Jon Parr Vijinski
Jon Parr Vijinski is a PhD Nursing student at the University of Calgary, with Dr. Sandra Hirst as Thesis Supervisor. His research is on the use of music as a first-line intervention therapy for persons with dementia. Jon’s specific focus is on maintaining and improving communication within the context of long-term care. His post academic goal is to see a model of care implemented in LTC based on my research.
A preliminary case study using the “Audio Visual Musical Interaction (AVMI) – which he developed – has already been conducted with an 85 year old female, diagnosed with Semantic Dementia. The results were presented at the 2014 Canadian Association on Gerontology in Niagara Falls. “The use of music with active video as a method of personal communication with a person affected by dementia” (Parr-Vijinski & Le Navenec, 2014, October). The conclusions were that the immediate showing of a video leads to greater positive communication, positive emotional responses, and an increase in verbalization by the person affected with dementia.
Related interests include the use of the creative arts in gerontological nursing for health and healing, with a focus on visual art (in conjunction with music) as a complementary therapy/intervention for dementia care. Other interests include the creation of original music for use as a treatment modality. Jon Parr Vijinski has created, and continue to add to, what he calls “a musical pharmacy”. He also composes original music that will be included in his research into music and dementia. Jon’s Youtube channel is: https://www.youtube.com/user/jonparrvijinski
Parr Vijinski, J.
Bringing Future Leaders in Gerontology Together
Dr. Carole-Lynne Le Navenec, RN, PhD.
Dr. Carole-Lynne Le Navenec is presently Editor-in-Chief of an online, open access peer reviewed journal: the International Journal of Nursing Student Scholarship. She is also actively involved with the Alberta Association of Gerontology, having held a number of executive positions. She is a board member at large of the International Association on Sociology (ISA), specializing in issues pertaining to aging.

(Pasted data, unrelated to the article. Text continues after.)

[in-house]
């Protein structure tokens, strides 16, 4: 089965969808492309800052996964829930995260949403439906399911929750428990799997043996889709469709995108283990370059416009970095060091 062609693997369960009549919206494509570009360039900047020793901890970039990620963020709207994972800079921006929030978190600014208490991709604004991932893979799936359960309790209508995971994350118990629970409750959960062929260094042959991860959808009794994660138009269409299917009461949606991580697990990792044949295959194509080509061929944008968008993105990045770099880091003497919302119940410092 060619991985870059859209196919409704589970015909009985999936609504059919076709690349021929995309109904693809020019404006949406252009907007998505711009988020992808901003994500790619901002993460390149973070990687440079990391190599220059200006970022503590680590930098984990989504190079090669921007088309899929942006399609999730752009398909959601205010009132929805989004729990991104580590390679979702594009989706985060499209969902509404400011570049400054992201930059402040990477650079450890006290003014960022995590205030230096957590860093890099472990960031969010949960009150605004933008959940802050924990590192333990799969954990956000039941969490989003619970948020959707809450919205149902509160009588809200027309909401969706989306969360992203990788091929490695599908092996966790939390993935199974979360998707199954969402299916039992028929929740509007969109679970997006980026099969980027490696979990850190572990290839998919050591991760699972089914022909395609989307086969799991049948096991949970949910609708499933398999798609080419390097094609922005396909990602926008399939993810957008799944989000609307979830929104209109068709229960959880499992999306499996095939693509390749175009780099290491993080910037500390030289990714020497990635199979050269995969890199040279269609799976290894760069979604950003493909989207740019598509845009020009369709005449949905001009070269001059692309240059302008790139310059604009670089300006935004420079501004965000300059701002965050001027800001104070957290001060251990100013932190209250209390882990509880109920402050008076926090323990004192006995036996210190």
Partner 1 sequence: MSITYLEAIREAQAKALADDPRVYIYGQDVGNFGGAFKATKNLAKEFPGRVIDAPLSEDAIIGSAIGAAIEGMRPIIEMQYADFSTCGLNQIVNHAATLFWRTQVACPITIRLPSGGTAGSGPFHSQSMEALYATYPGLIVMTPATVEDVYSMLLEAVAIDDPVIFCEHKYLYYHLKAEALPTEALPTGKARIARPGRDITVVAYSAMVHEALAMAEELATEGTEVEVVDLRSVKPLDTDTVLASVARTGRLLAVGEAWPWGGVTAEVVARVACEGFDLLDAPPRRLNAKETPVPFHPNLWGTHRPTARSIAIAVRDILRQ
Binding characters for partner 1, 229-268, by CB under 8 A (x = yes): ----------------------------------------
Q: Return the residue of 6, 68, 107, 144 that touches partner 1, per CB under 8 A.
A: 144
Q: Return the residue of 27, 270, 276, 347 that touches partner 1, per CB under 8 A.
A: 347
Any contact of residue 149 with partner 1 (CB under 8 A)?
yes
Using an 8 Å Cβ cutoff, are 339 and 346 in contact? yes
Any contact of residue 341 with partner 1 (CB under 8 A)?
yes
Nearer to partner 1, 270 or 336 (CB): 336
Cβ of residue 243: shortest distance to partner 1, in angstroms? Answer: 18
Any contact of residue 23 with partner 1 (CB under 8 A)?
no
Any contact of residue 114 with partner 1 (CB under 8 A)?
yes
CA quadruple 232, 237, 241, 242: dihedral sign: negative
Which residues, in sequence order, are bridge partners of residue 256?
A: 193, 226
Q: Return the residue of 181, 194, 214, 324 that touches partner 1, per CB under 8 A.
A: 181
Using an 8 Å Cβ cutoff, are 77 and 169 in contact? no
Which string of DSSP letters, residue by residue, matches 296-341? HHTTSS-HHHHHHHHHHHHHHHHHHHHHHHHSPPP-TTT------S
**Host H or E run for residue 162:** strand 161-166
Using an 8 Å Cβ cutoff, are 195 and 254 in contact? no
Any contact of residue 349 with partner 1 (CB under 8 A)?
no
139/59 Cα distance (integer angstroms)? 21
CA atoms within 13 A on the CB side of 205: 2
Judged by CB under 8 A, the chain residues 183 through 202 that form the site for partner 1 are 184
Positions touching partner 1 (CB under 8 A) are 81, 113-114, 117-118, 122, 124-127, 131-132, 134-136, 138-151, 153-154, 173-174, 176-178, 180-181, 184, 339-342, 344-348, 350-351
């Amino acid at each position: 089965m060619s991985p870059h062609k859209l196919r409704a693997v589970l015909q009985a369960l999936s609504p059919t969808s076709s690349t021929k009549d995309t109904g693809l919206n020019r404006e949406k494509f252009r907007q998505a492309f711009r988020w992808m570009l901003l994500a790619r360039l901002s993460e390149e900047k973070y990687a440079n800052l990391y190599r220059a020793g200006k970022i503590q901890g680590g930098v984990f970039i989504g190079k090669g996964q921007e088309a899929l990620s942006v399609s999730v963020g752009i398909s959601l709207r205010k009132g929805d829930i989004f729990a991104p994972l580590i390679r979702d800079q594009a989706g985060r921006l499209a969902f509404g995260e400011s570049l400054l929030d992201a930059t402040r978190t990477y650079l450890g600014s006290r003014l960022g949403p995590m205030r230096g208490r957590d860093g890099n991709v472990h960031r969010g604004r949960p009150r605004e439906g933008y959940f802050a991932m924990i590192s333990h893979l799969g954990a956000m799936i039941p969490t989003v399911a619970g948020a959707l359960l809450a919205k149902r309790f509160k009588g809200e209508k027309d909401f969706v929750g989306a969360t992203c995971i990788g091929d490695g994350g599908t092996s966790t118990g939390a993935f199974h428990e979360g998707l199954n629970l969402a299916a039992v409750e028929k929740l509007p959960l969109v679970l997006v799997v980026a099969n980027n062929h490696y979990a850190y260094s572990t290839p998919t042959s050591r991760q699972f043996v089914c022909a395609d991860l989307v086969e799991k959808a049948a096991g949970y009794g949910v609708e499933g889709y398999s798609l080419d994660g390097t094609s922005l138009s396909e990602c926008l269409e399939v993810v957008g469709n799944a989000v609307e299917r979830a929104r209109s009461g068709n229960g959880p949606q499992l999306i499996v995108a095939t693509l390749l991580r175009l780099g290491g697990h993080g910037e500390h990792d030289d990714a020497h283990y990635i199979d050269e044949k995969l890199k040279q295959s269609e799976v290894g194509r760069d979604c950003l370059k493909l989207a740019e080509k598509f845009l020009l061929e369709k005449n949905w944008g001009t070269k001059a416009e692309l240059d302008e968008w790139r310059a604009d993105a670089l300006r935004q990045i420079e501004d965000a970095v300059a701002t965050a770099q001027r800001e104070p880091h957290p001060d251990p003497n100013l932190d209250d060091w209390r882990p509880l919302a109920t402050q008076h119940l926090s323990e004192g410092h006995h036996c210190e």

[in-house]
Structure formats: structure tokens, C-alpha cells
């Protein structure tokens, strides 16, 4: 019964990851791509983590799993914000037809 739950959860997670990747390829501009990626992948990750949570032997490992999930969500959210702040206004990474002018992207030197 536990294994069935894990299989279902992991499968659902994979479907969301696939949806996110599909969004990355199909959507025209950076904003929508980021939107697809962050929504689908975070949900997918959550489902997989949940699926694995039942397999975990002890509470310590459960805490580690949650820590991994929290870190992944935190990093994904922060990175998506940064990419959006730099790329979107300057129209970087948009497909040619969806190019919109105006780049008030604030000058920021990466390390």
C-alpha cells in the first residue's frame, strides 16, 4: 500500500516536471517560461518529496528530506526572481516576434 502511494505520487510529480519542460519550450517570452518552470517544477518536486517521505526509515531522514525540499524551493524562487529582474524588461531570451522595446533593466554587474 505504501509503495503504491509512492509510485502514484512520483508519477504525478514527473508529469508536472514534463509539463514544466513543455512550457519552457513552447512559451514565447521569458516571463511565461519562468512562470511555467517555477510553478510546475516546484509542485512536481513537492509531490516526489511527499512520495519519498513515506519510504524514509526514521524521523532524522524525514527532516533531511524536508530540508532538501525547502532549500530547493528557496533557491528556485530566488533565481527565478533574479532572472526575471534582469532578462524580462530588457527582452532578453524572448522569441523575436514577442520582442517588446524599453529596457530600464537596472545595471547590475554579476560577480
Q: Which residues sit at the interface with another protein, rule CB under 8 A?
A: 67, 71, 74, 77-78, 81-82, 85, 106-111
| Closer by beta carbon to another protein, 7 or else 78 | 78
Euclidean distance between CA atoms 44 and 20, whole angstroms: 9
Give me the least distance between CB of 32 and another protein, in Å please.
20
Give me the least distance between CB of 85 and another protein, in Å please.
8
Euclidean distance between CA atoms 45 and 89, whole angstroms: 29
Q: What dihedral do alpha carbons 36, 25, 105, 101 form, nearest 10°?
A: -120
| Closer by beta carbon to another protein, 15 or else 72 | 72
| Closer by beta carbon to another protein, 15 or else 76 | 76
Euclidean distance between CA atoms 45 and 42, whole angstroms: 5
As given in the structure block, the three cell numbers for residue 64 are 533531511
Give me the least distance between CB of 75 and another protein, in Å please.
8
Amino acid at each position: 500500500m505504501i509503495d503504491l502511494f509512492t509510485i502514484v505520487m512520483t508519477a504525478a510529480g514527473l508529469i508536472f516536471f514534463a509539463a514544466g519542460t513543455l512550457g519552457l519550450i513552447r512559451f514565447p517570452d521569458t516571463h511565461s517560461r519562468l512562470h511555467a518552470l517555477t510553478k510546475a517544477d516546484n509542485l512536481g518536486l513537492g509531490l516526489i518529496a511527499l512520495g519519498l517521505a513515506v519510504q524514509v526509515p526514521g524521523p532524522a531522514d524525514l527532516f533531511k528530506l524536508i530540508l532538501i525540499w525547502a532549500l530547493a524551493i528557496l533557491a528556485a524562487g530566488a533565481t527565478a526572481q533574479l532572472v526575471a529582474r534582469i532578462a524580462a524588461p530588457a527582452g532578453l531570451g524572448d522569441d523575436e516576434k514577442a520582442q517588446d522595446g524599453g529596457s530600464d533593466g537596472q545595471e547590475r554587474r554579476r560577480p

Dr. Le Navenec’s research activity and teaching include: gerontology, gerontological nursing (especially as it pertains to indicators of quality of care, and quality of life), mental health nursing and psychology, families and chronic illness (e.g. dementia); IUse of multiple case study design; Pedestrian safety strategies.
Dr. Le Navenec also has researched, taught and presented on music, art, dance/movement, and related creative arts approaches that promote health and/or foster healing among adults with any type of illness or injury. She has a special focus in using creative arts for those with severe traumatic brain injury and dementia.
She is also the founder and director of “Creative Arts/Integrative Therapies” (CAIT), a health care research group.
Her website is: http://www.caitresearchgroup.com/director.htm
Le Navenec, C.
What are the issues that inspire future leaders in gerontology? How can students from the various multidisciplinary backgrounds in health care – who will become the scholars, clinical practitioners, academics, policy advisers – come together to identify the key issues for 21st century gerontological care?
What will the 21st century require of gerontologists? A few key areas for consideration include: (1) how can gerontology remain “human”, and remain person-focused, as it adapts and utilizes the advances of technology; (2) what kind of skills do future leaders from various disciplines need to more effectively engage in KT; (3) how can future leaders come to a new understanding of gerontology as it is applied in various parts of the world; (4) what skills do future leaders in gerontology need to face the challenges of the coming decade with ongoing demographic, social, and technological change?
These are some of the key issues that the future leaders on gerontological research need to consider. This workshop is designed to bring students of gerontology, from every discipline, to discuss and debate the suggested issues. It will place an emphasis on networking to ensure that future gerontological leaders collaborate and learn from each other going into the 21st century. This workshop, bringing together future leaders from all over the world, will encourage participants to draw on cultural perspectives to enrich the exchange of ideas.
As an international conference, it is critically important that future leaders come together to learn from each other from a global perspective.
This proposed workshop, will be moderated by a PhD student in Nursing and Professor Emerita in Nursing.